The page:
How to Use this Blog

Howdy! We've amassed tons of information and important history on this blog since 2010. If you have a keyword, use the search box below. Also check out the reference section above. If you have a question or need help searching, use the contact form at the bottom of the blog.

We do not endorse Amazon. We prefer BOOKSHOP! (the editor will earn a small amount of money or commission. (we thank you) (that is our disclaimer statement)

This is a blog. It is not a peer-reviewed journal, not a sponsored publication... The ideas, news and thoughts posted are sourced… or written by the editor or contributors.

Can you help us? Here is how:

Please know that if you write an honest book review, we are very very appreciative. Kobo, Good Reads, Apple Books, etc. - every opinion counts.

If you can, please donate a copy of our book titles to your local library, college or school.


Search This Blog

Saturday, March 5, 2016

Historic agreement gives tribe foster care control

Jurisdiction over child welfare to transfer from state to Tlingit and Haida Central Council

By LISA PHU | JUNEAU EMPIRE| March 3, 2016

When children are taken out of their homes due to neglect or abuse, they’re under the responsibility and jurisdiction of the State Office of Children’s Services. 

Now, through an agreement signed Wednesday night at the Elizabeth Peratrovich Hall between the State of Alaska and Central Council of the Tlingit and Haida Indian Tribes of Alaska, the Central Council will be able to take over child welfare cases of tribal children.

Instead of going through the state court system, these cases will go through the tribal court system. Instead of state workers overseeing the cases, tribal case managers will work with families. Instead of the state licensing the foster homes, Central Council will recruit and license tribal foster homes and be reimbursed by the state for the cost of foster care placement.

“This truly is a government-to-government agreement that recognizes that tribes are uniquely and supremely and ultimately qualified to be able to meet the needs of tribal families,” said Valerie Davidson, Department of Health and Social Services Commissioner. “That’s not new. And quite frankly — if I may as an Alaska Native — we have known that for thousands of years.” 

Barbara Dude is a child welfare specialist with Central Council’s Tribal Family & Youth Services. She said parents trying to get their children back will have a better working relationship with a tribal entity than with the state, and be more successful at reunification. 

“Families are just more willing to work with us because we’re the tribal workers. They’re more willing to sit down with us and help their case plans,” Dude said.

She also noted that tribal court “is just a friendlier environment.”

President Richard Peterson said Central Council has been working toward the agreement for 16 years and thanked the Office of Children’s Services for working collaboratively. He said Alaska Native families continue to work through issues stemming from historical trauma and the agreement “will begin putting our families back together.”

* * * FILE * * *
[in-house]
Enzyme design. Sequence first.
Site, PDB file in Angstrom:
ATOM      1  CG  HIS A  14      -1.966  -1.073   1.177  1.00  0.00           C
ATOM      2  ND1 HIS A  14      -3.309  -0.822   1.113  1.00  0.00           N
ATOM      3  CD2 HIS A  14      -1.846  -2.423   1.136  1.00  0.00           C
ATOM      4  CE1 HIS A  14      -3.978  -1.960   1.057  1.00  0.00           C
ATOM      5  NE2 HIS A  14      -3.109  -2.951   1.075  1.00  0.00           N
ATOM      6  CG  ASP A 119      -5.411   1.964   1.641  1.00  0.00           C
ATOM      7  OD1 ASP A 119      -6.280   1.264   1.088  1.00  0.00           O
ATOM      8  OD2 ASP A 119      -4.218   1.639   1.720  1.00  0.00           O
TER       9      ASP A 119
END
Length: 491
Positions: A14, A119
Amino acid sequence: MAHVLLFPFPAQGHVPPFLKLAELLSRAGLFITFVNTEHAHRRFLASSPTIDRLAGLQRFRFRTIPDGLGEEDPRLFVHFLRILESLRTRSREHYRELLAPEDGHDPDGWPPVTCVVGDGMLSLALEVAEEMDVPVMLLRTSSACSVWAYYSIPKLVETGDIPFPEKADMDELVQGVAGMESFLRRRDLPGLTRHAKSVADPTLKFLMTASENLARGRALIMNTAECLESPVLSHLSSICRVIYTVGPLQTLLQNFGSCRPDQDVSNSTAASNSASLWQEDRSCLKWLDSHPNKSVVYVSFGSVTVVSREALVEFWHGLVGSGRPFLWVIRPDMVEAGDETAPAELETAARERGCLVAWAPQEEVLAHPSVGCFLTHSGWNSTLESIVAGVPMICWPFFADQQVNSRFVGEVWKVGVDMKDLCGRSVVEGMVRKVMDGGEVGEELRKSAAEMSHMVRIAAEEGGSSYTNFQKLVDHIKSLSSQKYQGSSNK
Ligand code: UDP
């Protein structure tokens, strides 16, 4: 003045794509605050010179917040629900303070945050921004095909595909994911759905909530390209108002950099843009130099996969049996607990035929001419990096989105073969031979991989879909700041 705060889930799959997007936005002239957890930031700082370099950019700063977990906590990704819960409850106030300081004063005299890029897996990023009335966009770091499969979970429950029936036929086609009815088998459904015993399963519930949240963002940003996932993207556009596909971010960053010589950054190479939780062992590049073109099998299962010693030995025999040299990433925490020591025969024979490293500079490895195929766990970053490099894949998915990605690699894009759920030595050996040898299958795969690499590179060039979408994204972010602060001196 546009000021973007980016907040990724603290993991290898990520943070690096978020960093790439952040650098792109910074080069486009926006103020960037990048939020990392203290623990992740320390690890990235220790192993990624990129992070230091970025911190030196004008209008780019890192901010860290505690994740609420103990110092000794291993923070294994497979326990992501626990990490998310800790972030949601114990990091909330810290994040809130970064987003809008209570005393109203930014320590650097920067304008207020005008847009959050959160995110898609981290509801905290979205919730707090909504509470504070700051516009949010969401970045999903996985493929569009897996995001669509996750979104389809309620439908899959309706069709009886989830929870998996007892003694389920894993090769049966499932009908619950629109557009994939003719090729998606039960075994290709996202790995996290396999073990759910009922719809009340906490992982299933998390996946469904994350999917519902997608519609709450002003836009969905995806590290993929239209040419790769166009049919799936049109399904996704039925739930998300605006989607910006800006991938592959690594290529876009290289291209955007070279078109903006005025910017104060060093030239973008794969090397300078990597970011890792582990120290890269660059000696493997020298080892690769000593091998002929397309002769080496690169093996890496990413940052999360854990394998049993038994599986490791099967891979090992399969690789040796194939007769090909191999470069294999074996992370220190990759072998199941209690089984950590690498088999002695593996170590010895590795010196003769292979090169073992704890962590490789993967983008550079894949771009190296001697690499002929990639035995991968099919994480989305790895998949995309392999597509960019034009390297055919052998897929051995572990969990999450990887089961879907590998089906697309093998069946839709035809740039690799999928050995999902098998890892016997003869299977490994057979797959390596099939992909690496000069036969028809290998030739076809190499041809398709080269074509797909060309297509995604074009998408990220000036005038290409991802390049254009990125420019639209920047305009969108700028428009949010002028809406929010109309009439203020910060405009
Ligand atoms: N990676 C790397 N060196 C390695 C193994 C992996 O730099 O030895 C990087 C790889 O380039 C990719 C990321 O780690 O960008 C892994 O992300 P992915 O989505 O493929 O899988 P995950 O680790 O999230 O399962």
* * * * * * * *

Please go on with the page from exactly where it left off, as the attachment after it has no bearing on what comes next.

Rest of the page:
Central Council will start by taking just a few Juneau cases from the state. Right now, 24 Tlingit and Haida children are in foster homes, the majority of which are in Juneau, according to the Office of Children’s Services.

Francine Eddy Jones, director of Central Council’s Tribal Family & Youth Services, said it’s important to be methodical and cautious.

“It’s a process of learning together — Office of Children’s Services, the tribe, the state court and tribal court — to figure out what that handoff looks like,” she said.

Jones said Central Council hopes to provide a lot of support and encouragement to families who’ve had children taken away and tribal foster families, many of whom don’t trust the state.

“It really means taking care of our own,” Jones said. “It means being responsible and respectful and honoring them with the values of the tribe, making sure we’re holding up those families whatever that situation is for why their children are removed, embrace them and provide them the support and services they need to get back on their feet, and hopefully be reunited with their children. That’s our commitment.”

This is only the second such agreement between the state and a tribe. The first was with the Tanana Chiefs Conference in 2013. 

• Contact reporter Lisa Phu at 523-2246 or

Top Photo: After signing the agreement, Department of Health and Social Services Commissioner Valerie Davidson takes a picture of Central Council President Richard Peterson doing the same. The signing ceremony took place at the Elizabeth Peratrovich Hall on Wednesday night.

No comments:

Post a Comment

Please: Share your reaction, your thoughts, and your opinions. Be passionate, be unapologetic. Offensive remarks will not be published. We are getting more and more spam. Comments will be monitored.
Use the comment form at the bottom of this website which is private and sent direct to Trace.

Support them!

What our Nations are up against!

What our Nations are up against!

To Veronica Brown

Veronica, we adult adoptees are thinking of you today and every day. We will be here when you need us. Your journey in the adopted life has begun, nothing can revoke that now, the damage cannot be undone. Be courageous, you have what no adoptee before you has had; a strong group of adult adoptees who know your story, who are behind you and will always be so.

Did you know?

Did you know?

Help in available!

Help in available!
1-844-7NATIVE (click photo)

click to listen

Diane Tells His Name

where were you adopted?

where were you adopted?